Importation of any prescription drug (not necessarily a controlled substance) violates 21 USC, Section 301(aa), unless the following conditions are met (as listed in Section 804):
1. The drug is imported from Canada, from a seller registered with the Secretary (i.e. with FDA);
2. The drug is imported from a licensed pharmacy for personal use by an individual, not for resale, in quantities that do not exceed a 90-day supply;
3. The drug is accompanied by a copy of a valid prescription;
4. The drug is a prescription drug approved by the Secretary;
5. The drug is in the form of a final finished dosage that was manufactured in an establishment registered under section 510; and
6. The drug is imported under such other conditions as the Secretary determines to be necessary to ensure public safety.
# The law further specifies that enforcement should be focused on cases in which the importation by an individual poses a significant threat to public health, and discretion should be exercised to permit individuals to make such importations in circumstances in which the prescription drug or device imported does not appear to present an unreasonable risk to the individual.
# According to Department of Homeland Security Appropriations Act, Section 535, Customs and Border Patrol are not allowed to prevent people from importing FDA-approved prescription drugs. Although originally the law was worded to cover all prescription drugs, countries of origin, and methods of delivery, its final edition specifies that it only applies to importation from Canada, and to "...individuals transporting on their person a personal-use quantity of the prescription drug, not to exceed a 90-day supply". Controlled substances are also explicitly excluded. Therefore, it does not disallow Customs to screen and intercept drugs sent by mail.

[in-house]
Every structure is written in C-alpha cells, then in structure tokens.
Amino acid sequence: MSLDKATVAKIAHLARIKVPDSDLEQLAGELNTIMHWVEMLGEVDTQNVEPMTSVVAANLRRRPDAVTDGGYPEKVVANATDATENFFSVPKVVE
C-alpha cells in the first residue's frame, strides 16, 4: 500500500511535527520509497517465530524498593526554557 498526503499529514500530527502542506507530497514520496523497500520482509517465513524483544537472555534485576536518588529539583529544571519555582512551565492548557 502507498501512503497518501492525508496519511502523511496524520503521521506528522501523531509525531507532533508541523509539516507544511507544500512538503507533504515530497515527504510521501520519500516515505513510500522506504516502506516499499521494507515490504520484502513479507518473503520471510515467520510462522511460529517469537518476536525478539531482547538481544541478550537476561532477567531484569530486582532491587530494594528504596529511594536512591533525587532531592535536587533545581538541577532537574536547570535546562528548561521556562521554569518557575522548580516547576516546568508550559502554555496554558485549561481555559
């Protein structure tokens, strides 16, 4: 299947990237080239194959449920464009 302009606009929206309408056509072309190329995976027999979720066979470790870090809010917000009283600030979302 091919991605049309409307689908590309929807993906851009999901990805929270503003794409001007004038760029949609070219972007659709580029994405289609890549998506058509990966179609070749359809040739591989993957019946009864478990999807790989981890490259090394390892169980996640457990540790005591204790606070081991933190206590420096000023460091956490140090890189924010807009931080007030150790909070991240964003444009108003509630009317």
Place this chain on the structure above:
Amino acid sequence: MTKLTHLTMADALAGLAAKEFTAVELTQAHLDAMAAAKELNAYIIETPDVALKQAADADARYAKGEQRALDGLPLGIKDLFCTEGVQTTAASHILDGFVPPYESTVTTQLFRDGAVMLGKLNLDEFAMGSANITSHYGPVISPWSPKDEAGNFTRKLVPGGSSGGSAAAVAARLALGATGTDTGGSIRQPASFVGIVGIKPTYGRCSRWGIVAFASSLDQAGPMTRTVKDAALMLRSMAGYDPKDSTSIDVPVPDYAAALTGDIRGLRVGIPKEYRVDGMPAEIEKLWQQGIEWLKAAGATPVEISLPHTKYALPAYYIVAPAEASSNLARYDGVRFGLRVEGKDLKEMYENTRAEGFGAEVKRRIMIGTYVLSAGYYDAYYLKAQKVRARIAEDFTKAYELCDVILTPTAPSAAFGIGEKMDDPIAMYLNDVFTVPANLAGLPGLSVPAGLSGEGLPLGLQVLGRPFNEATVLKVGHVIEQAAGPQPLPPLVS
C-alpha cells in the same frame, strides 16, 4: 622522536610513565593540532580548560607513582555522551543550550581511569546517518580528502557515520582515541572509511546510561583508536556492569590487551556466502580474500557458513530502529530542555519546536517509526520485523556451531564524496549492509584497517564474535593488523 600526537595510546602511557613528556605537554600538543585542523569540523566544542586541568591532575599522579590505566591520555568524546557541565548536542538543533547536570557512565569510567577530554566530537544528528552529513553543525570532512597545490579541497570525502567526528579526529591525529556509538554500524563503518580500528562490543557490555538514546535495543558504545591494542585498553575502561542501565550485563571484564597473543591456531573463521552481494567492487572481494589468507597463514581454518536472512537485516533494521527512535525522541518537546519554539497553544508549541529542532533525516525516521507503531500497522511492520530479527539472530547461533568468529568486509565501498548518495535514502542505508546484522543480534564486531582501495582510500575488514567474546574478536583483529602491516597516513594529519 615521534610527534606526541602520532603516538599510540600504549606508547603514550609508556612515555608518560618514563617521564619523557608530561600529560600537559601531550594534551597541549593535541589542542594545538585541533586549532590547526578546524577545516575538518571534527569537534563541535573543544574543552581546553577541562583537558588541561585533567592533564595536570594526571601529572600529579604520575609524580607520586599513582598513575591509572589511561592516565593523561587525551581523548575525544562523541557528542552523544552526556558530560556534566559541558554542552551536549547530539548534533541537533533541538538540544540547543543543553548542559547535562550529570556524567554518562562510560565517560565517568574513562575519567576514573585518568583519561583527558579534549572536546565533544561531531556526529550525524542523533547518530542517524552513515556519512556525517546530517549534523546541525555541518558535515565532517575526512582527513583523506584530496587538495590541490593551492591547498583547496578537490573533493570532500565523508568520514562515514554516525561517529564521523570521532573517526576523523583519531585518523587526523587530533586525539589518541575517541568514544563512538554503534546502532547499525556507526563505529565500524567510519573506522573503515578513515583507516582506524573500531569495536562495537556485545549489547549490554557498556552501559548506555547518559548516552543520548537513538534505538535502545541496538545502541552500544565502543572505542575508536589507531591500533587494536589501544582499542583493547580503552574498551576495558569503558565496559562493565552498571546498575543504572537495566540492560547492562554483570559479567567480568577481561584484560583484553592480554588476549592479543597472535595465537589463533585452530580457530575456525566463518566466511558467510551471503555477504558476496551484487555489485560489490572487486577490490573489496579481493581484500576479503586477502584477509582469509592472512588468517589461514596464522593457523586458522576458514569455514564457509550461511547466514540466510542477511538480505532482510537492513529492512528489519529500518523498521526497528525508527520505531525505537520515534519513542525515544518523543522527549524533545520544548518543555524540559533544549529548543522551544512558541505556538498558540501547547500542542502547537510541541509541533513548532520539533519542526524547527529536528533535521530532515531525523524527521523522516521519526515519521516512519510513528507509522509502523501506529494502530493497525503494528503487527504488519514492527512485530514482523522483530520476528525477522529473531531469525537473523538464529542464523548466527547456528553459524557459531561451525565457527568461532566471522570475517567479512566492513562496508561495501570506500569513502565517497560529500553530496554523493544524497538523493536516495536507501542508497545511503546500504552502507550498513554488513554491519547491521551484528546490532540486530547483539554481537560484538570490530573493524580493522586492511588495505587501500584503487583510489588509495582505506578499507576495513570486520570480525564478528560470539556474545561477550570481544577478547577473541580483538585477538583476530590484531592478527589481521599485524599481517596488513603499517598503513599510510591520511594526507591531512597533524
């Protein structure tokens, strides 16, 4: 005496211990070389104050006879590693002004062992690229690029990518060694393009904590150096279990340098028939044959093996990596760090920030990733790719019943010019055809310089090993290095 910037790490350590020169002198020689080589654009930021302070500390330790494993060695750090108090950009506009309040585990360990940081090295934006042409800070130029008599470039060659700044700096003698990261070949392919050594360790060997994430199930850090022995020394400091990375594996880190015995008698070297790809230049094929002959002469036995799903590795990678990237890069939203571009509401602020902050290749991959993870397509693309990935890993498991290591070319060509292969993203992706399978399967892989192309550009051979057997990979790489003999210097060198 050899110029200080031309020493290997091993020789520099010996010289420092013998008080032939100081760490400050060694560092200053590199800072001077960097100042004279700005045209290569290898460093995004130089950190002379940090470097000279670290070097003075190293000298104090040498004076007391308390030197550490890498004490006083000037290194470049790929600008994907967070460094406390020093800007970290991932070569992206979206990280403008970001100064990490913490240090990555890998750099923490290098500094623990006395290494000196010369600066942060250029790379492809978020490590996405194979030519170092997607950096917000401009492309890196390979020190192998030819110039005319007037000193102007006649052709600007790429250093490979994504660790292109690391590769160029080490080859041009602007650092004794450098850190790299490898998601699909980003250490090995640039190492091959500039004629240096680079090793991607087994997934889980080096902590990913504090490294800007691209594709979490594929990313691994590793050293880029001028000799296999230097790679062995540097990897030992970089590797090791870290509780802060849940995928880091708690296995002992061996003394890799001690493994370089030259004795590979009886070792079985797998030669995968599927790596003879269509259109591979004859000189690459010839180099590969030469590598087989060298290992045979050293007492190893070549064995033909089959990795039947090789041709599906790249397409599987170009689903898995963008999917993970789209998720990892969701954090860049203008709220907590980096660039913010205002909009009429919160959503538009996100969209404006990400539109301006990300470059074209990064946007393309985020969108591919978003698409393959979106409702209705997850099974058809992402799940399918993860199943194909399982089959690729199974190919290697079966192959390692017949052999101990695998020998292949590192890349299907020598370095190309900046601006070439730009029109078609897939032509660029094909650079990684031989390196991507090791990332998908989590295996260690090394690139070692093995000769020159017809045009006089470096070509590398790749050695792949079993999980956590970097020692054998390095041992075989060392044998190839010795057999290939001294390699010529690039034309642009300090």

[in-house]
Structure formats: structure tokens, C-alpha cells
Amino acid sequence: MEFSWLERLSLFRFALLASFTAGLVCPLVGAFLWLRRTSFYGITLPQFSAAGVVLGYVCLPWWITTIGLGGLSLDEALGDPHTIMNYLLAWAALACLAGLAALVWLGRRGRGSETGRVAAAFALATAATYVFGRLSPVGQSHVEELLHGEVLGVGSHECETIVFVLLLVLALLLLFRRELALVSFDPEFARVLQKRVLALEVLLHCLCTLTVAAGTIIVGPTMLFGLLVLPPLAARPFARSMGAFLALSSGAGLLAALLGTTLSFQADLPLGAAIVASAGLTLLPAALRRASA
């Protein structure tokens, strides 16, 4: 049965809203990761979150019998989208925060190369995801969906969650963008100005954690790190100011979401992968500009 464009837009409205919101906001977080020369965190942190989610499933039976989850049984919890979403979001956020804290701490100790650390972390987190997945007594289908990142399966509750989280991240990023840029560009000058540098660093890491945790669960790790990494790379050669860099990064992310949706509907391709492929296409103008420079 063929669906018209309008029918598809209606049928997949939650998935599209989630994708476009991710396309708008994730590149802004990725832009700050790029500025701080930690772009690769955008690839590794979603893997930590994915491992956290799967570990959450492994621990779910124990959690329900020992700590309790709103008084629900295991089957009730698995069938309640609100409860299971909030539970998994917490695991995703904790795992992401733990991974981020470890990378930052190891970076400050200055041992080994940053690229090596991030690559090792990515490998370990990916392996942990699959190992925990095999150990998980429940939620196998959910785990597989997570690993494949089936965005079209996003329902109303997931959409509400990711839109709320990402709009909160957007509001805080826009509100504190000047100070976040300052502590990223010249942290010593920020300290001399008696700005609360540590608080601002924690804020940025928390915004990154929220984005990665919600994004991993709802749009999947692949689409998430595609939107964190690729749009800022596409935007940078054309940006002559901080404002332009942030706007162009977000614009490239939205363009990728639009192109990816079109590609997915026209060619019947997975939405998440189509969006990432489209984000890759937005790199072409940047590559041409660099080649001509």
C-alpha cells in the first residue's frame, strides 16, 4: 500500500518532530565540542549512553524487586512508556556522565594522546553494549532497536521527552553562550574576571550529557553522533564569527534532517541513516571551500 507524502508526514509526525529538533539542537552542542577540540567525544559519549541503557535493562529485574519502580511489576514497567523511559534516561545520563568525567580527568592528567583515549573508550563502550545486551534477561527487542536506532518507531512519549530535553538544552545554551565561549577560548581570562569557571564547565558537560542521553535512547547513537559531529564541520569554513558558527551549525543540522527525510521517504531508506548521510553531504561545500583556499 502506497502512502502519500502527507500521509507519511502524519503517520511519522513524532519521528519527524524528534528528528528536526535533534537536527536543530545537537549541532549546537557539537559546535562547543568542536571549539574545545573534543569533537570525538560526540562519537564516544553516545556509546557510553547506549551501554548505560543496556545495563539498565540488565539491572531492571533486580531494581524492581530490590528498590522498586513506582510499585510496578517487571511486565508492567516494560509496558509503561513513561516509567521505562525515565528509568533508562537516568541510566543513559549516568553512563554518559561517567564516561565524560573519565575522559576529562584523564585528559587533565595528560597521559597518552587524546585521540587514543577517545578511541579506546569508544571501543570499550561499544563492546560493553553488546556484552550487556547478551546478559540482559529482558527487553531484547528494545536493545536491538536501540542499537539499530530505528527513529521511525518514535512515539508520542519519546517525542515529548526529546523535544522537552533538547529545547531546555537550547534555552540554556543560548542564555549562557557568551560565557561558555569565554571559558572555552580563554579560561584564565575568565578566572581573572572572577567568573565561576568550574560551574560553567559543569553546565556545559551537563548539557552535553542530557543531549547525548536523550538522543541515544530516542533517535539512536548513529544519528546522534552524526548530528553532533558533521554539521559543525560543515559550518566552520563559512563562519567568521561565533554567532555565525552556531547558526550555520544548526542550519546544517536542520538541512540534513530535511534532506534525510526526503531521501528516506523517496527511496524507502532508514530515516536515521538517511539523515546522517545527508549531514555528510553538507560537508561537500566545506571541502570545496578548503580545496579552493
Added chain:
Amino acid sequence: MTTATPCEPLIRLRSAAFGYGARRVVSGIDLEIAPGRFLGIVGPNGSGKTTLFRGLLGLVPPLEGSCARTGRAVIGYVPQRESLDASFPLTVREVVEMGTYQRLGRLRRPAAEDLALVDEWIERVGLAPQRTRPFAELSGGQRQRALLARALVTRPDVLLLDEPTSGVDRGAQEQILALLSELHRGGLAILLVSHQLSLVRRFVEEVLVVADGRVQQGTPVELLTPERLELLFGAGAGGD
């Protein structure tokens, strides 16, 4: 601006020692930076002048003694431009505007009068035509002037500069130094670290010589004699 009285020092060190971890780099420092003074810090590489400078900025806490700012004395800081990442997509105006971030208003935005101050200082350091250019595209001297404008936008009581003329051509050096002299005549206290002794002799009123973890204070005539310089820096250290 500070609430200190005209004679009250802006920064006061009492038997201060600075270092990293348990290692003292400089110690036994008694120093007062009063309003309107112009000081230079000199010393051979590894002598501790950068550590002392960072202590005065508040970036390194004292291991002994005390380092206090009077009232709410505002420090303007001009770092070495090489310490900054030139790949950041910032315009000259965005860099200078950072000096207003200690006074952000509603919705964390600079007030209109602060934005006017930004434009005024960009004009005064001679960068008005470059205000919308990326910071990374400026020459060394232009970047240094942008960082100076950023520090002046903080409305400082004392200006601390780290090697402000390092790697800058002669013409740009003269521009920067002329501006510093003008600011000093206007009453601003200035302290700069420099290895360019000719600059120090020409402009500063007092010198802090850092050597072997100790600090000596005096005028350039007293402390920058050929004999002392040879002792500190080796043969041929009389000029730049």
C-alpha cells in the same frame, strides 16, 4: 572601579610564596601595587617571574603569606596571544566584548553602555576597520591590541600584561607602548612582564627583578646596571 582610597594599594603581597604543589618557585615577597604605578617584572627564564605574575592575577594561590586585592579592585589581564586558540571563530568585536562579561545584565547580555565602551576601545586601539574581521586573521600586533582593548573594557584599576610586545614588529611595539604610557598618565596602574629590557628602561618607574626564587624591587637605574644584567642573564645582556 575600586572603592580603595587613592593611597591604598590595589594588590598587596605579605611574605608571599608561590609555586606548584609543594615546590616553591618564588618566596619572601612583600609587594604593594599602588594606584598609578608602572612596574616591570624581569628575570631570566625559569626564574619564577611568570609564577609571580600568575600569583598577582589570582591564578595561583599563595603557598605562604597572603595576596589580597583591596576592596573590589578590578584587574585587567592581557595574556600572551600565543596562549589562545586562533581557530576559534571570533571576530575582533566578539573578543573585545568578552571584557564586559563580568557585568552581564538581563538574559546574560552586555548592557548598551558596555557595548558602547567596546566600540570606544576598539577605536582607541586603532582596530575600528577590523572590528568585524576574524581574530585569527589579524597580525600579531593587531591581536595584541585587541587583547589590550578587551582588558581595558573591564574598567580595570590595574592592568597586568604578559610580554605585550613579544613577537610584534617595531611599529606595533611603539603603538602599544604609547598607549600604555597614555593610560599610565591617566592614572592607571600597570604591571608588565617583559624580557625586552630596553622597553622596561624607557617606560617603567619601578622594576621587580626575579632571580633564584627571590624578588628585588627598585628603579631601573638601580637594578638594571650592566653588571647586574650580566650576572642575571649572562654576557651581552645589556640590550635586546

# It is also technically illegal to import "non-approved" drugs (21 USC sections 331(d) and 355(a)); however, FDA policies suggest that, under certain circumstances, the patients may be allowed to keep these drugs.
# Individual U.S. states may implement their own laws regulating importation, possession, and trafficking in prescription drugs and/or controlled substances. In contrast, for years the states of Nevada, Minnesota, Illinois and Wisconsin have run official state programs to help their residents order lower-cost drugs from abroad to save money.